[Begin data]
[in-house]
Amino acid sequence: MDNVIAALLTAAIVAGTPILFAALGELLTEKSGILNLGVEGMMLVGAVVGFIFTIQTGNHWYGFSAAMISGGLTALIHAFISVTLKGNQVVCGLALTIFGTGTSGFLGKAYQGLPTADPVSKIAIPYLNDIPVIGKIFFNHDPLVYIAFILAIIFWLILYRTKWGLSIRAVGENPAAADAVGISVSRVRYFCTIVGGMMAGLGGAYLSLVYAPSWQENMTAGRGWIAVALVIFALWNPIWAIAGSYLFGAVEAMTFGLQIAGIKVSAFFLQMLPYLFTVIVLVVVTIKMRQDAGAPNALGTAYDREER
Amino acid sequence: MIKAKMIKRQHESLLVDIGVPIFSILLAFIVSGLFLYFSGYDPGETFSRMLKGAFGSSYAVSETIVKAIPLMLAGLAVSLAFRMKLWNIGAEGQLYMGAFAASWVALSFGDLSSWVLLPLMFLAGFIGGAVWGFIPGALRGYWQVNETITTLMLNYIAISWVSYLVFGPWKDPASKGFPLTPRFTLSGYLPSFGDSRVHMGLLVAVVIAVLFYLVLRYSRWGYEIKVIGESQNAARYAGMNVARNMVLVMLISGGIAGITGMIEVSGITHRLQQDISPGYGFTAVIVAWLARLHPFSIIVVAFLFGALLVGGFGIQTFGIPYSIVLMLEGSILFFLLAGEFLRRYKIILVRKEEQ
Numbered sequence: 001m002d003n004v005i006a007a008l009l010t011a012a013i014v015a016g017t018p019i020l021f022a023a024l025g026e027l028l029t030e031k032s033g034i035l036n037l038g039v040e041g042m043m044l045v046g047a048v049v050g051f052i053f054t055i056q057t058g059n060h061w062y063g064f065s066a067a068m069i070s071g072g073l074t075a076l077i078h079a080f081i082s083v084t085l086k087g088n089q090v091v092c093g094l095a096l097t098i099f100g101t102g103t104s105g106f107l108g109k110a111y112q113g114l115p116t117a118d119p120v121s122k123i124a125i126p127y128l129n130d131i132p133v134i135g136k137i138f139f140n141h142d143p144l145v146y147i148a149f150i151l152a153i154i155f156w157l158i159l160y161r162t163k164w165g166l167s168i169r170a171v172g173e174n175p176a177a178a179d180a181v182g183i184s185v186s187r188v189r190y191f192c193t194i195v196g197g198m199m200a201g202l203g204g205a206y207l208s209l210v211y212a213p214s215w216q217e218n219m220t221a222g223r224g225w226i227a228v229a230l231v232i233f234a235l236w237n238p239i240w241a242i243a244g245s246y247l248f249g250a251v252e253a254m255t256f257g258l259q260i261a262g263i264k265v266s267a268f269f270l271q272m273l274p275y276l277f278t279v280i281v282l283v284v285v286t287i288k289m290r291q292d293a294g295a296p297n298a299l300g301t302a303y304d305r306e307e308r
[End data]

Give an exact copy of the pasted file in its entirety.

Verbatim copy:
[in-house]
Amino acid sequence: MDNVIAALLTAAIVAGTPILFAALGELLTEKSGILNLGVEGMMLVGAVVGFIFTIQTGNHWYGFSAAMISGGLTALIHAFISVTLKGNQVVCGLALTIFGTGTSGFLGKAYQGLPTADPVSKIAIPYLNDIPVIGKIFFNHDPLVYIAFILAIIFWLILYRTKWGLSIRAVGENPAAADAVGISVSRVRYFCTIVGGMMAGLGGAYLSLVYAPSWQENMTAGRGWIAVALVIFALWNPIWAIAGSYLFGAVEAMTFGLQIAGIKVSAFFLQMLPYLFTVIVLVVVTIKMRQDAGAPNALGTAYDREER
Amino acid sequence: MIKAKMIKRQHESLLVDIGVPIFSILLAFIVSGLFLYFSGYDPGETFSRMLKGAFGSSYAVSETIVKAIPLMLAGLAVSLAFRMKLWNIGAEGQLYMGAFAASWVALSFGDLSSWVLLPLMFLAGFIGGAVWGFIPGALRGYWQVNETITTLMLNYIAISWVSYLVFGPWKDPASKGFPLTPRFTLSGYLPSFGDSRVHMGLLVAVVIAVLFYLVLRYSRWGYEIKVIGESQNAARYAGMNVARNMVLVMLISGGIAGITGMIEVSGITHRLQQDISPGYGFTAVIVAWLARLHPFSIIVVAFLFGALLVGGFGIQTFGIPYSIVLMLEGSILFFLLAGEFLRRYKIILVRKEEQ
Numbered sequence: 001m002d003n004v005i006a007a008l009l010t011a012a013i014v015a016g017t018p019i020l021f022a023a024l025g026e027l028l029t030e031k032s033g034i035l036n037l038g039v040e041g042m043m044l045v046g047a048v049v050g051f052i053f054t055i056q057t058g059n060h061w062y063g064f065s066a067a068m069i070s071g072g073l074t075a076l077i078h079a080f081i082s083v084t085l086k087g088n089q090v091v092c093g094l095a096l097t098i099f100g101t102g103t104s105g106f107l108g109k110a111y112q113g114l115p116t117a118d119p120v121s122k123i124a125i126p127y128l129n130d131i132p133v134i135g136k137i138f139f140n141h142d143p144l145v146y147i148a149f150i151l152a153i154i155f156w157l158i159l160y161r162t163k164w165g166l167s168i169r170a171v172g173e174n175p176a177a178a179d180a181v182g183i184s185v186s187r188v189r190y191f192c193t194i195v196g197g198m199m200a201g202l203g204g205a206y207l208s209l210v211y212a213p214s215w216q217e218n219m220t221a222g223r224g225w226i227a228v229a230l231v232i233f234a235l236w237n238p239i240w241a242i243a244g245s246y247l248f249g250a251v252e253a254m255t256f257g258l259q260i261a262g263i264k265v266s267a268f269f270l271q272m273l274p275y276l277f278t279v280i281v282l283v284v285v286t287i288k289m290r291q292d293a294g295a296p297n298a299l300g301t302a303y304d305r306e307e308r